Velma McBride Murry, PhD is Lois Audrey Betts chair in education and human development and professor of human and organizational development at Vanderbilt University. Murry has conducted research on rural African American parents and youth for over 15 years and identified proximal, malleable protective factors that deter youth risk engagement.
This work has advanced current knowledge of the impact of contextual factors, particularly racism, on African-American family functioning through the development of novel strength based family prevention interventions, including the Strong African American Families Program and more recently, the first technology, family-based prevention program, Pathways for African American Success. Both programs are designed to enhance parenting and family processes to in turn encourage youth to delay age at sexual onset and the initiation and escalation of alcohol and drug use. Murry has made key contributions to HIV risk prevention research and is highly committed to service and advocacy for under-served communities.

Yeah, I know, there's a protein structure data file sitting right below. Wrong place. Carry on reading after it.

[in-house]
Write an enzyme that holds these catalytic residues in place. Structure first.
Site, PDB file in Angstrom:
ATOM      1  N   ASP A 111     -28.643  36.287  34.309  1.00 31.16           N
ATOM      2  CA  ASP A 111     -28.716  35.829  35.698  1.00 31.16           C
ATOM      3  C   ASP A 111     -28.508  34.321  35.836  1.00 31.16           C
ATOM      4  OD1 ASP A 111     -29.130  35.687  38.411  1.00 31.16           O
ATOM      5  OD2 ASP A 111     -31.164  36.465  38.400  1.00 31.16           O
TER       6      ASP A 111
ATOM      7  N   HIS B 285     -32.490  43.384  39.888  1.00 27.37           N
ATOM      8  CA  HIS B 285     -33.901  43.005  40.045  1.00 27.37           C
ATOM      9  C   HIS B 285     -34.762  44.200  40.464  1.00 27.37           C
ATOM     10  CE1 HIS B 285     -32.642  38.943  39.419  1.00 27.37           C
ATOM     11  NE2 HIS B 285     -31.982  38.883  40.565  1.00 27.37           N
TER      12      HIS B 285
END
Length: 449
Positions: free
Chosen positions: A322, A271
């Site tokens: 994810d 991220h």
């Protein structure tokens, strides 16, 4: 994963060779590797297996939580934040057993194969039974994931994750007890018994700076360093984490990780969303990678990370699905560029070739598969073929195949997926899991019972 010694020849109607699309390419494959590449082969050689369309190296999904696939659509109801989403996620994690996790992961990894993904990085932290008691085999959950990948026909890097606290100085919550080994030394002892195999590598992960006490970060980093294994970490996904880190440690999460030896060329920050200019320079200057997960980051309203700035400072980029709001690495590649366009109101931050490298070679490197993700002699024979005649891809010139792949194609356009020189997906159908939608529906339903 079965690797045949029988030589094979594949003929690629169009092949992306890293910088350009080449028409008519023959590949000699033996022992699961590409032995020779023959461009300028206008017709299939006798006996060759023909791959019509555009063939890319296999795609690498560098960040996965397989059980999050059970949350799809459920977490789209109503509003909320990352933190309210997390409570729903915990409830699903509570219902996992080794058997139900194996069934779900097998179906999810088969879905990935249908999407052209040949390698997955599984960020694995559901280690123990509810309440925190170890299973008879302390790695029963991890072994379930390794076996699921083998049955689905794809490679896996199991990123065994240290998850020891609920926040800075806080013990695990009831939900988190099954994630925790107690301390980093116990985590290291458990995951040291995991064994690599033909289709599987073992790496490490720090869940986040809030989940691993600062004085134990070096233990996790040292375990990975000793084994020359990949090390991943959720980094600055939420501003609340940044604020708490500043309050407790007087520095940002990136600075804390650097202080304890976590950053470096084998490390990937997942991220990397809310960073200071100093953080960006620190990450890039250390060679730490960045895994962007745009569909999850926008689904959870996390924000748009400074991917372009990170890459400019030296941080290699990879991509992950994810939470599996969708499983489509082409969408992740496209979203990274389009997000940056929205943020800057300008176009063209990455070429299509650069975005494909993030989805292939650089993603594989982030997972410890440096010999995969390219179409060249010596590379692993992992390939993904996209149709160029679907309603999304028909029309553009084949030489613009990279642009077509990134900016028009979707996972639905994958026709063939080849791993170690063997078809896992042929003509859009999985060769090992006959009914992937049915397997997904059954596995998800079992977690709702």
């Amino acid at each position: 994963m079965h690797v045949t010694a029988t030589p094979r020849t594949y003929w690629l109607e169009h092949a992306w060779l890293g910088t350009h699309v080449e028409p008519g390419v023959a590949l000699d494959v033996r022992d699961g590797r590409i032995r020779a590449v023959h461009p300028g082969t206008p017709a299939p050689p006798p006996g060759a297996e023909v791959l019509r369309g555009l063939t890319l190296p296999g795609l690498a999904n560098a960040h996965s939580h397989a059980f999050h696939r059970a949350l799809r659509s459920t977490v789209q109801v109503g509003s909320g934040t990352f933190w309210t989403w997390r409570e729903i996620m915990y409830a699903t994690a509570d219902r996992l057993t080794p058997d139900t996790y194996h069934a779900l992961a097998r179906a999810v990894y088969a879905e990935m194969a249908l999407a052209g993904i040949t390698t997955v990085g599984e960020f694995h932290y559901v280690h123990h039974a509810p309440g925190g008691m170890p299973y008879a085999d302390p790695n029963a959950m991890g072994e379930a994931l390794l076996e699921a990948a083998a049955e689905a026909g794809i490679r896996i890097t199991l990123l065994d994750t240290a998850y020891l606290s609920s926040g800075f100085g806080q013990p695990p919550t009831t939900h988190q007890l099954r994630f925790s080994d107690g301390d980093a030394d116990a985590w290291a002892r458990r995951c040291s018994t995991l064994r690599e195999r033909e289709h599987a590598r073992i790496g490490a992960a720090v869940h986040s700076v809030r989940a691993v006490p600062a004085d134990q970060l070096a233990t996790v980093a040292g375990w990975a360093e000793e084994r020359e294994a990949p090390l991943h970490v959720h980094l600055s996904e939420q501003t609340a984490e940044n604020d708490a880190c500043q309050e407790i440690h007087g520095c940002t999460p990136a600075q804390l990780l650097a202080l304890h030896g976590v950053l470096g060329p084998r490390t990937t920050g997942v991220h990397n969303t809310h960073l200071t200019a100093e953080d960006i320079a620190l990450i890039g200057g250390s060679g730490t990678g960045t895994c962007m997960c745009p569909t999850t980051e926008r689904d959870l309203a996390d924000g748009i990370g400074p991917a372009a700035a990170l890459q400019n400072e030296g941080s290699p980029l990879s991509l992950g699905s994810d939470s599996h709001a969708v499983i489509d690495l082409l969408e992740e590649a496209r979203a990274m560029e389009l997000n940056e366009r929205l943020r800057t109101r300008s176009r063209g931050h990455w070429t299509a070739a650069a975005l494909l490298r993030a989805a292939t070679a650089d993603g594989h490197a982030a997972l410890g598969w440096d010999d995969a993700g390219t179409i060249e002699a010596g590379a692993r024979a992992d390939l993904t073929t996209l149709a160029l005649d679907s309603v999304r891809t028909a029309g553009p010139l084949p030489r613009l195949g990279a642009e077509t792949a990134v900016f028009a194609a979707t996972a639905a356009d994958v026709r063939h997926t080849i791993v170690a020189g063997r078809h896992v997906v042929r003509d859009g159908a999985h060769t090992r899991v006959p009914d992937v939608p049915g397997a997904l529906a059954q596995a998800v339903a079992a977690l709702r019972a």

She was awarded a 2014 Presidential Citation for distinguished research contributions, inspirational teaching and mentoring, and dedicated leadership as an advocate for children, youth and HIV-affected groups. She received the 2013 Elizabeth Hurlock Beckman Award in recognition of her outstanding record of inspiring her students to go on and purse professional work that makes a tangible difference in their communities.
Murry currently serves as the 2014 chair of the APA Committee on Psychology and AIDS, and serves on the Institute of Medicine's National Academies Board of Children, Youth and Families.